By Basil Sands
Ladies and Gents, may I introduce to you Jon McGoran and his newly released Eco-Thriller, DEADOUT.
If you are worried about genetic modification, transgenics, cloning, irradiation, and the release of genetically engineered foods into the environment may become a nightmare for the world, rest assured Jon’s got enough real life science mixed with heart pumping action to make your fears leap off the page, then get clobbered.
Jon, tell us about DEADOUT.
DEADOUT is the sequel to my previous novel, DRIFT. It’s a biotech thriller about genetically engineered foods and Colony Collapse Disorder, which is killing the world’s honeybees. Detective Doyle Carrick is visiting his girlfriend Nola, who is working on a farm on the island of Martha’s Vineyard, and something mysterious starts killing the island’s bees. A biotech company brings in genetically engineered bees that are supposedly immune to Colony Collapse, dividing the island’s farmers. As the protests turn violent, Doyle realizes the bees aren’t the only thing being modified, and he has to figure out what’s really going on and stop it before it can spread to the mainland, and the world.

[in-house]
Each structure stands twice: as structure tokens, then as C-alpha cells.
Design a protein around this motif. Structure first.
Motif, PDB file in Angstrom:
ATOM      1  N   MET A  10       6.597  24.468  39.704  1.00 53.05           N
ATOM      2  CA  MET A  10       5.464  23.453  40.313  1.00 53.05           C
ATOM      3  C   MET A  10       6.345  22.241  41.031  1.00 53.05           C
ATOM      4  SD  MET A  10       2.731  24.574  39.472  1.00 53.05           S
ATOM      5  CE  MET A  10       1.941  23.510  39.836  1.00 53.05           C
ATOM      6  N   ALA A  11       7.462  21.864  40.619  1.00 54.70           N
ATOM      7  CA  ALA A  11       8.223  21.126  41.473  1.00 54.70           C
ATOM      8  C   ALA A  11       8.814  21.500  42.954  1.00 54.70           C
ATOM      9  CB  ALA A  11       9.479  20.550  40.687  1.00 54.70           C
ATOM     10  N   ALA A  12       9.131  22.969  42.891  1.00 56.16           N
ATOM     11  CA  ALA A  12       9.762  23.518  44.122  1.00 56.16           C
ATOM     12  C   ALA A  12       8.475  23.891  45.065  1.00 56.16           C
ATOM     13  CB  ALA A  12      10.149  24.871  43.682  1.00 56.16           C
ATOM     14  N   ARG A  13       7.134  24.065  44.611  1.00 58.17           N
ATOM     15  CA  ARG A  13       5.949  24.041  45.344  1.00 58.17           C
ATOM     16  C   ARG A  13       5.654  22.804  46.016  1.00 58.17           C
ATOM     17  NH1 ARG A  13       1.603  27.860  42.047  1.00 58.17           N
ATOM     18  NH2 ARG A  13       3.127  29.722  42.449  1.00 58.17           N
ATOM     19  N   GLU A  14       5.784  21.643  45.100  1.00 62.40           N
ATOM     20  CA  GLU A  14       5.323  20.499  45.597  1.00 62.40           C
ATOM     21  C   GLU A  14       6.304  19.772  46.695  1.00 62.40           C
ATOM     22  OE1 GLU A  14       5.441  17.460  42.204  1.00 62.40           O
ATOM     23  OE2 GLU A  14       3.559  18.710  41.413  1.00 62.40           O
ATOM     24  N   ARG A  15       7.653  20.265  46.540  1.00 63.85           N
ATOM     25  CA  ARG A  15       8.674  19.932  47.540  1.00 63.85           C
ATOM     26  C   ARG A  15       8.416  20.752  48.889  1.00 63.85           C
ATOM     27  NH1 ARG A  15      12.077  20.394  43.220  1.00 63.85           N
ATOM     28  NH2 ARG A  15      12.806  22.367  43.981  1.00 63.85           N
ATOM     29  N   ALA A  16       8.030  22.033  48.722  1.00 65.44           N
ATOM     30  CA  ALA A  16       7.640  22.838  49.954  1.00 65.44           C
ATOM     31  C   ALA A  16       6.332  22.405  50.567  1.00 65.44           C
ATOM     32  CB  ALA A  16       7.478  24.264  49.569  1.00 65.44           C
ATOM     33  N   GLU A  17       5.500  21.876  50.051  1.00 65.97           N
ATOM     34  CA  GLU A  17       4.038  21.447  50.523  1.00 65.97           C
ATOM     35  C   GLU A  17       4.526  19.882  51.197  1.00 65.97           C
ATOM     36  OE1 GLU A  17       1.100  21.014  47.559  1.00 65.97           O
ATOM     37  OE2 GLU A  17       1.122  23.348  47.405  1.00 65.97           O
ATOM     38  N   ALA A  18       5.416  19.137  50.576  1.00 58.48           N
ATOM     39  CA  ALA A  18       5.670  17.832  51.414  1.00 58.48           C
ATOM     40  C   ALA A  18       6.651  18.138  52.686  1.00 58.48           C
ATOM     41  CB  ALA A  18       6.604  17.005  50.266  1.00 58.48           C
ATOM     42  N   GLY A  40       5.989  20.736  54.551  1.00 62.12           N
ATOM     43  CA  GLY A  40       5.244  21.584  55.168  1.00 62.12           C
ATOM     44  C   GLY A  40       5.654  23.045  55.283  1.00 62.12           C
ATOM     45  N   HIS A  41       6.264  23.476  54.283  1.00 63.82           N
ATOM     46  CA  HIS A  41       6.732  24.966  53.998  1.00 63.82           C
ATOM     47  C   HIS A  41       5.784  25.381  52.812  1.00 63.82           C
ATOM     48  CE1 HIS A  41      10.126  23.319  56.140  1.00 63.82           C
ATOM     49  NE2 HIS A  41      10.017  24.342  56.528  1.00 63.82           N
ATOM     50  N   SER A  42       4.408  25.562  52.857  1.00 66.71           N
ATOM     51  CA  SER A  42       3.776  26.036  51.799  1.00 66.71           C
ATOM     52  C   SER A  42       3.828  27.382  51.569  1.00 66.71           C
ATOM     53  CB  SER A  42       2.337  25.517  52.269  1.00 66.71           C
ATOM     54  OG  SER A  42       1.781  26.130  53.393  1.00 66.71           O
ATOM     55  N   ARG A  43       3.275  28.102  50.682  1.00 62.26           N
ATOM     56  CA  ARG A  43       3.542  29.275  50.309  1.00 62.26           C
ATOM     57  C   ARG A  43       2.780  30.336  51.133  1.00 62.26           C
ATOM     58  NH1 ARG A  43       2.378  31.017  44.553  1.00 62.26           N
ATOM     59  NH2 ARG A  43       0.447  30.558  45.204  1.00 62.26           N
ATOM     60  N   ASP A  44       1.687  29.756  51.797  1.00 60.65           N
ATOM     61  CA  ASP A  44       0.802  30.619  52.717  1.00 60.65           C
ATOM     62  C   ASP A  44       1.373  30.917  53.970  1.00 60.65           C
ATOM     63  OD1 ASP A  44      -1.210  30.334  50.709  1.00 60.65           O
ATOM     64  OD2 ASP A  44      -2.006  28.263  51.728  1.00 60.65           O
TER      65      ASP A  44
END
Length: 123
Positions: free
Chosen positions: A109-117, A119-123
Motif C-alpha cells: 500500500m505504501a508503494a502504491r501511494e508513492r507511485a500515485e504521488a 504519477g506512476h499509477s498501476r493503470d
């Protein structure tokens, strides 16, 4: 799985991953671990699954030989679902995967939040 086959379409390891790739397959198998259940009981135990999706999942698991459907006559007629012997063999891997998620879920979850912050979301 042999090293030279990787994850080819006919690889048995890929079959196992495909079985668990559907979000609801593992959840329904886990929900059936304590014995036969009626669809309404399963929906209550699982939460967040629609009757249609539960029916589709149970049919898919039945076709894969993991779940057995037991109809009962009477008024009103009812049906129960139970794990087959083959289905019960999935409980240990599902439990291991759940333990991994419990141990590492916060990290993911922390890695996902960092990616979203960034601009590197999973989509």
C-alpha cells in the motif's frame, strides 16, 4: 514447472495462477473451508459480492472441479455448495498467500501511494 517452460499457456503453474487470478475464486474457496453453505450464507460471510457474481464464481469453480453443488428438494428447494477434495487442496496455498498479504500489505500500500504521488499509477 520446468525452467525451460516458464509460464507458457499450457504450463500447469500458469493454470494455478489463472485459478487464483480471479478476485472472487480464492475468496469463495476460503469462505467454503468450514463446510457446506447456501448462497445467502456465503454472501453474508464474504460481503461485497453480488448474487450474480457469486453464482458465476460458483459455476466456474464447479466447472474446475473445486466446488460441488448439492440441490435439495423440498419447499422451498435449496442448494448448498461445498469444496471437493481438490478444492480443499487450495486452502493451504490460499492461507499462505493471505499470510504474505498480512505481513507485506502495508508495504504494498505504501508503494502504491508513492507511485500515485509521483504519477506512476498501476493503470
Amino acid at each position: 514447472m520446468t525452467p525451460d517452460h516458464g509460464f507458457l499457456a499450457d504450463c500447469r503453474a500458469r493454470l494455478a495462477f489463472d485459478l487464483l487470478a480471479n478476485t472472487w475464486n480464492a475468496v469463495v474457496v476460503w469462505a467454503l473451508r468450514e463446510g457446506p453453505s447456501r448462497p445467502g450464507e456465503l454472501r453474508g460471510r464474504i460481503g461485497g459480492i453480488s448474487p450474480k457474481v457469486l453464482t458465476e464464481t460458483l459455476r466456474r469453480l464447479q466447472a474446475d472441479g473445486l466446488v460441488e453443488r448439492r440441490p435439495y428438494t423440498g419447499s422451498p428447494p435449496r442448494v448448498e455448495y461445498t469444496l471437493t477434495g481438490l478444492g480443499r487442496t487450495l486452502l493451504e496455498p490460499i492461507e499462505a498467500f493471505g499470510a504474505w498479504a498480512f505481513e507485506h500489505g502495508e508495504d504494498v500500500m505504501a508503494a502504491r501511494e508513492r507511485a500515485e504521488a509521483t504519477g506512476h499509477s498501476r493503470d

When folks think of thrillers, they easily conjure up pictures of terrorists, spies, cops, and even mad-scientists, but seldom do they think of food, and bees even less. How did you land on this topic as a thriller plot?
Thrillers have always drawn on real threats to make their plots more compelling—Nazis, the cold war, terrorists. Today, I see the dangers to our food systems and the environment—and the corporate misbehaviors that aggravate them—as serious and potentially existential threats. And whereas the public has often perceived threats like terrorism as greater than they really are, in these areas, I think the danger is actually under-perceived. Hopefully, the fact that the scary and dangerous issues in DRIFT and DEADOUT are also real will make the dangers encountered by the characters in the books seem more real, as well.